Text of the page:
“Other,” a quite ordinary word, means something completely different to those who identify with the regions represented by Other Collective, including West Asia, Central Asia, South Asia, North Africa, and their diaspora communities.
To these peoples, “Other” is reminiscent of forces that box in our identities. One literal example is how certain demographic surveys have clumped our innumerable and diverse identities into one neat category called “some other race.” It defines a region not by its many unique communities, but by simply being not Western. Different. Opposite. Other.
A pivotal moment in the evolution of “Other” identity came with Edward Said’s book Orientalism, in which he coined the term “Other,” sparking a legacy that would alter academic thinking forever.
Written in 1978, Orientalism describes how the East is viewed as “the Orient,” an “other” world, by Europeans. This divide created by the West between “civilized” cultures and the many stereotyped “uncivilized” Eastern cultures served many colonialist purposes throughout history, and has continuously been used to justify colonial and neo-colonial goals. Said writes, “European culture gained in strength and identity by setting itself off against the Orient as a sort of surrogate and even underground self.” Said argues that Orientalism functions as a “system of knowledge” about the East, a way for the Orient to be acceptably filtered into Western consciousness.
Moving from his birthplace in Mandatory Palestine, under British colonial rule, to Massachusetts to attend boarding school, Edward Said was subsequently educated in top American universities Princeton and Harvard, later becoming a Professor of Literature at Columbia University in 1963. Said’s education in the Western tradition caused him to feel some alienation from his own culture back home. He wrote in his memoir “Between Worlds” (1998), “I found myself becoming an entirely Western person; both at college and in graduate school. I studied literature, music and philosophy, but none of it had anything to do with my own tradition.”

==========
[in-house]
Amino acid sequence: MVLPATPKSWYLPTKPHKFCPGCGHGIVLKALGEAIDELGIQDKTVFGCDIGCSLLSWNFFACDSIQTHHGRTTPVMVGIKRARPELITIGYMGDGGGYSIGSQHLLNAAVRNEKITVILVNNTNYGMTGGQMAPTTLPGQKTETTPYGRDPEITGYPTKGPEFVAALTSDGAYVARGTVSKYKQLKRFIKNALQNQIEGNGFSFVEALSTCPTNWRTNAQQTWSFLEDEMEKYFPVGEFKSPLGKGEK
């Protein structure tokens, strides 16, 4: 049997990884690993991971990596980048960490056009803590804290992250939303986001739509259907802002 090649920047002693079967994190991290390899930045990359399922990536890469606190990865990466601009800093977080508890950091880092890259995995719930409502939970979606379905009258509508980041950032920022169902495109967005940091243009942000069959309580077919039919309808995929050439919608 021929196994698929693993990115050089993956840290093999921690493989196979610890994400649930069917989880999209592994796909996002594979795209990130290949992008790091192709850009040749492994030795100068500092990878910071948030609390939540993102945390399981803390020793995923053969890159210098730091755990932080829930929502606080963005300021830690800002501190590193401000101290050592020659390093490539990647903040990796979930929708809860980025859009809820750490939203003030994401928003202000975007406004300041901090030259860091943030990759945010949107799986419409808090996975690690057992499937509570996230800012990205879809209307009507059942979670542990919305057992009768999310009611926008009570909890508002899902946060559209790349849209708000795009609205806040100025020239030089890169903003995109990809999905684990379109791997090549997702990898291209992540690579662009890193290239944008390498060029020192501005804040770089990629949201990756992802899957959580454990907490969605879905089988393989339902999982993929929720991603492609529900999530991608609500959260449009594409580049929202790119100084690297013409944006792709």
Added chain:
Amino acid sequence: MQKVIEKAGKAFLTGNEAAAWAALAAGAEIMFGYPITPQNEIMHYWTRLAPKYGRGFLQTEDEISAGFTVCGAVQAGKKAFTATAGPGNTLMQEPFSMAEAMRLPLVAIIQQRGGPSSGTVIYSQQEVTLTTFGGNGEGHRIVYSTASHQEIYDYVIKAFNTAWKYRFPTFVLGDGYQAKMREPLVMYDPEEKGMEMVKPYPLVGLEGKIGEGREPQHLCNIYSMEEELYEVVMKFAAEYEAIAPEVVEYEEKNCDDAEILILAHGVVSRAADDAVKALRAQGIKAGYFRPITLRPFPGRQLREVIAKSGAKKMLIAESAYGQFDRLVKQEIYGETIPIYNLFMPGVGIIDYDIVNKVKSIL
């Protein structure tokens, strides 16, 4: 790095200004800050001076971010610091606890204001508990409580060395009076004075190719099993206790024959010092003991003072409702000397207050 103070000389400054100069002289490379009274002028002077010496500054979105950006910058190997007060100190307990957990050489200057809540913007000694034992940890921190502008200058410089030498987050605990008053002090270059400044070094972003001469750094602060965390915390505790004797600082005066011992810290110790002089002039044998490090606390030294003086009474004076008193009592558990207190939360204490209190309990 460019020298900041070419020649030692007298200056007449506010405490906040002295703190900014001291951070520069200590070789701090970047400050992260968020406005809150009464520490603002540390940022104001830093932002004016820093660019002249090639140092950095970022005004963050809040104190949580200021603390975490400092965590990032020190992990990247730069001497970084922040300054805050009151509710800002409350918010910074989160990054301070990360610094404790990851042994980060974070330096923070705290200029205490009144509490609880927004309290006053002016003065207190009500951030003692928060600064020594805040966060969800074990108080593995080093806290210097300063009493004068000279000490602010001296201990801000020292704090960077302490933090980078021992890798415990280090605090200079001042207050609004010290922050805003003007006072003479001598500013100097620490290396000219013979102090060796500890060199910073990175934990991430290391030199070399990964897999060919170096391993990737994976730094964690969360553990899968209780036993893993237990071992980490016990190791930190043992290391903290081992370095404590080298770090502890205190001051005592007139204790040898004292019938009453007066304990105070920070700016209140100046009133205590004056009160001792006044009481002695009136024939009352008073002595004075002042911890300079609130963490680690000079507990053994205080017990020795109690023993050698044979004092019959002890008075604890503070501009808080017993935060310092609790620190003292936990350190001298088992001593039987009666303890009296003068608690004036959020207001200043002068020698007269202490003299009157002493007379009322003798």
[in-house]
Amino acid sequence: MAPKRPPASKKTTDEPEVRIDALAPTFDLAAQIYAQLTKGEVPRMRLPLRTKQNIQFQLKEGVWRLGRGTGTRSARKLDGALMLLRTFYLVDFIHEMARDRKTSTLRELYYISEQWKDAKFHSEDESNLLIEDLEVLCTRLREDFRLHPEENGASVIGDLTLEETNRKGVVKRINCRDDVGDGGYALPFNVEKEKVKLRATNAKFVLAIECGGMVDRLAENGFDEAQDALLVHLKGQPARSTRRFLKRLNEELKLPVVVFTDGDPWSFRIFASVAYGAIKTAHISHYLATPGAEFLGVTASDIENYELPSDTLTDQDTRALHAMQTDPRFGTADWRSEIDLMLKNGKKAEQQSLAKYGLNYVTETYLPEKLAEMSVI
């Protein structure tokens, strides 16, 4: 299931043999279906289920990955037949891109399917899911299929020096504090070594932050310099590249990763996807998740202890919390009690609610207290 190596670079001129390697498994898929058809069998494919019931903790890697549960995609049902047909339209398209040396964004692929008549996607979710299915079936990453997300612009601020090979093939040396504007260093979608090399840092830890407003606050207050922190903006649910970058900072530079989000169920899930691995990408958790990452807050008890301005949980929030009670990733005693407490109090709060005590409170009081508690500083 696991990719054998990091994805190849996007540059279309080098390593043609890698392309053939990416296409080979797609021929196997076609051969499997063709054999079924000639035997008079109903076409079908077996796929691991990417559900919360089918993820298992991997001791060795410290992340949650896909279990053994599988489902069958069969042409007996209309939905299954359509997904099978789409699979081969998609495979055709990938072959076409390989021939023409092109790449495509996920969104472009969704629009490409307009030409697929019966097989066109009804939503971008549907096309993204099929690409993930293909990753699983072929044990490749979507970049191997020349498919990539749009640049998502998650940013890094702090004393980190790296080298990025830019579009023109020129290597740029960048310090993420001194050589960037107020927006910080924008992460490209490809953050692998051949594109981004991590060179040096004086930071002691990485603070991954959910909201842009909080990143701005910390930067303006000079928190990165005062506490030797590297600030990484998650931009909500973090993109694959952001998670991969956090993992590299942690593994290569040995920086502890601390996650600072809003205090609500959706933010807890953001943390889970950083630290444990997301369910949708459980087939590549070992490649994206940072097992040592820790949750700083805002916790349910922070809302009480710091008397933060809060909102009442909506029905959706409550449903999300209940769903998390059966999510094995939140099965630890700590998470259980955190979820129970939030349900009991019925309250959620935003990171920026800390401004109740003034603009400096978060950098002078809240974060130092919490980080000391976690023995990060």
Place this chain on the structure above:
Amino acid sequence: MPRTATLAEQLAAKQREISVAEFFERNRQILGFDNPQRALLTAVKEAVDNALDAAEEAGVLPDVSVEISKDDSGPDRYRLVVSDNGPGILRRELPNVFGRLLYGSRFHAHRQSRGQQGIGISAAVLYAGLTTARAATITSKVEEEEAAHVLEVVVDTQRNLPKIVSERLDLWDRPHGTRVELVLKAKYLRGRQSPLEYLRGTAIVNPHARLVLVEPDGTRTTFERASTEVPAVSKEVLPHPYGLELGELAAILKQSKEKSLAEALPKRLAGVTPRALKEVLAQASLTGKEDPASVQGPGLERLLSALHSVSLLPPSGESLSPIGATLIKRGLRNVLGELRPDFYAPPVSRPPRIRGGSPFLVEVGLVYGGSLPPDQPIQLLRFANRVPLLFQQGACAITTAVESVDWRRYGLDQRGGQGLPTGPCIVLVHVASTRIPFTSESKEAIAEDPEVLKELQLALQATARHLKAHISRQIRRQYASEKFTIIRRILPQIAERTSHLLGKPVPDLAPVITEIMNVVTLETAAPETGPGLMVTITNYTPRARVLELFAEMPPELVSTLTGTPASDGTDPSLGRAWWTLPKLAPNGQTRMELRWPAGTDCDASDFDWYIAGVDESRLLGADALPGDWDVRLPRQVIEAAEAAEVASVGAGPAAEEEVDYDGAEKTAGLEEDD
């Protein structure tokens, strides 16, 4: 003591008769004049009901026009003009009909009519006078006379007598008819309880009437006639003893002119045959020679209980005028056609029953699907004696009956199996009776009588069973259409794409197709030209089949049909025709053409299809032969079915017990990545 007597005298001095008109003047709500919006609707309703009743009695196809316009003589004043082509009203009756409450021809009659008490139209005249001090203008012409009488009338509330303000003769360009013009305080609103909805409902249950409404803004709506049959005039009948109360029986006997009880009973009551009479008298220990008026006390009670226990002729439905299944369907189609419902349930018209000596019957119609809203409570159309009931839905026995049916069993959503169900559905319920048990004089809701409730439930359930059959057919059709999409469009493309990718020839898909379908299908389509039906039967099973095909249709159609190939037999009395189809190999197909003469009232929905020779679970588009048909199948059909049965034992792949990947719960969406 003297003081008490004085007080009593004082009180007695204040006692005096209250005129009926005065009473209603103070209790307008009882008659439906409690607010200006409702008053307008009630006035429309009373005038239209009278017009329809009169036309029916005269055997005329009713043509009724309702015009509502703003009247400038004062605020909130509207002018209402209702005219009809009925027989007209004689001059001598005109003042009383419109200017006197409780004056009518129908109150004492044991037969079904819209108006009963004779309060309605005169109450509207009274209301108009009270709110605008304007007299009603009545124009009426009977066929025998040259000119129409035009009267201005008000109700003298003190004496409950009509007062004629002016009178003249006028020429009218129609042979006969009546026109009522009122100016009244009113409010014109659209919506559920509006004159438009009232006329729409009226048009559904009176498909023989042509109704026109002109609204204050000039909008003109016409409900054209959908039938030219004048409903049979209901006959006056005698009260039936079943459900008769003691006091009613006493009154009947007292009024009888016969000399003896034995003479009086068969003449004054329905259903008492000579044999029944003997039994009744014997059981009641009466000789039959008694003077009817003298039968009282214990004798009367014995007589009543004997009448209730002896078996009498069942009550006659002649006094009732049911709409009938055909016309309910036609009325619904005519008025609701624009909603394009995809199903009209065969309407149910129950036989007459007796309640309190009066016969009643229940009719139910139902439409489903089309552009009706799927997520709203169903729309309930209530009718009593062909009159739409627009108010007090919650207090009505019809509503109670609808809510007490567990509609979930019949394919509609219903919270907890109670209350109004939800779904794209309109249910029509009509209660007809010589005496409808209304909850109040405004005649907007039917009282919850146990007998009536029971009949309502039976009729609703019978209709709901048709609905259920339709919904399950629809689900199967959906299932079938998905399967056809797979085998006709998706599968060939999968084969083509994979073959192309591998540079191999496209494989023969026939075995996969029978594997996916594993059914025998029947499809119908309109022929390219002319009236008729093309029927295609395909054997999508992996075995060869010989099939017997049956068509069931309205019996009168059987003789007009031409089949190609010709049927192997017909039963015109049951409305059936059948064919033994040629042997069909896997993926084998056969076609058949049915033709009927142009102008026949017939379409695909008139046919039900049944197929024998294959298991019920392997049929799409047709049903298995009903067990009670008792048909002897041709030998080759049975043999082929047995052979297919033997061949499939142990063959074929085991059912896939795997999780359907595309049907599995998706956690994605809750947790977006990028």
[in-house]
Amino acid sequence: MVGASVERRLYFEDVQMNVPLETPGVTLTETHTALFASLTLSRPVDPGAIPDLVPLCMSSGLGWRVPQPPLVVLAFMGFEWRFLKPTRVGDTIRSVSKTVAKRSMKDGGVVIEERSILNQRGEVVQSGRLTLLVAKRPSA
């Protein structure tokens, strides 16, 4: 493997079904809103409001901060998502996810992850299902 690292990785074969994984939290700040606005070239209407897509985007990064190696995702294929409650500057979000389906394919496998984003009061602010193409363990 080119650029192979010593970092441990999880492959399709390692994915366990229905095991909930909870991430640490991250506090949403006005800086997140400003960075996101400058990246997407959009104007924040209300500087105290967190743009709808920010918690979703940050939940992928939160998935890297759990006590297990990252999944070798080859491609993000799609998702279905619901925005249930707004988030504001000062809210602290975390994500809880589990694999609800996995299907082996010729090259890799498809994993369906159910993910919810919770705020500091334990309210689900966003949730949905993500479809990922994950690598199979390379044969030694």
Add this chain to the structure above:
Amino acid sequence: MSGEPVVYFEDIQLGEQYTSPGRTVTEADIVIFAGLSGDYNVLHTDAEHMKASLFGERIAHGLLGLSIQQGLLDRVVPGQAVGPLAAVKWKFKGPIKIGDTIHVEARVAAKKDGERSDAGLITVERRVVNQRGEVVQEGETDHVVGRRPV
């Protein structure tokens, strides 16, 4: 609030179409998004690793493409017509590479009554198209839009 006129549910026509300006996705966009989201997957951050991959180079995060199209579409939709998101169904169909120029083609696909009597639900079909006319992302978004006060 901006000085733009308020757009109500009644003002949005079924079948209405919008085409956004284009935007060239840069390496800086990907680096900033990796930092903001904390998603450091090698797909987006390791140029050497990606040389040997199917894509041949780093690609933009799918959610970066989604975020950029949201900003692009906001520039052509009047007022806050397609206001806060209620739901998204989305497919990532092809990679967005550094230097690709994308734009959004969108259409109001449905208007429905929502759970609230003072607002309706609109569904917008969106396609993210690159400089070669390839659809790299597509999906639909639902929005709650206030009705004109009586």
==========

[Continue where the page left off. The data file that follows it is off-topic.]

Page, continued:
Considered “exotic” amongst his colleagues who often misunderstood his identity, Said’s alienation from his own identity grew until the Arab world became centerstage politically in the United States during the Six Day War in 1967. As a result of the Six Day War in 1967, Said did not hesitate to voice his opinions on political events occuring in the Middle East and American media’s cultural representation of the region. Said emerged as a strong critic of the way Middle Eastern people were represented in the American media, which he argued was ignorant of the region’s diverse and complicated history. The result of which became Said’s 1968 published work “The Arab Portrayed,” which discusses the stereotypes and misunderstandings of Middle Eastern populations – specifically Jews, Christians, and Muslims – in the media landscape.
Assuming the role of both Westerner and Arab, Said’s bicultural identity presented itself in his literature. Said writes, “by the mid-Seventies I was in the rich but unenviable position of speaking for two, diametrically opposed constituencies, one Western, the other Arab.”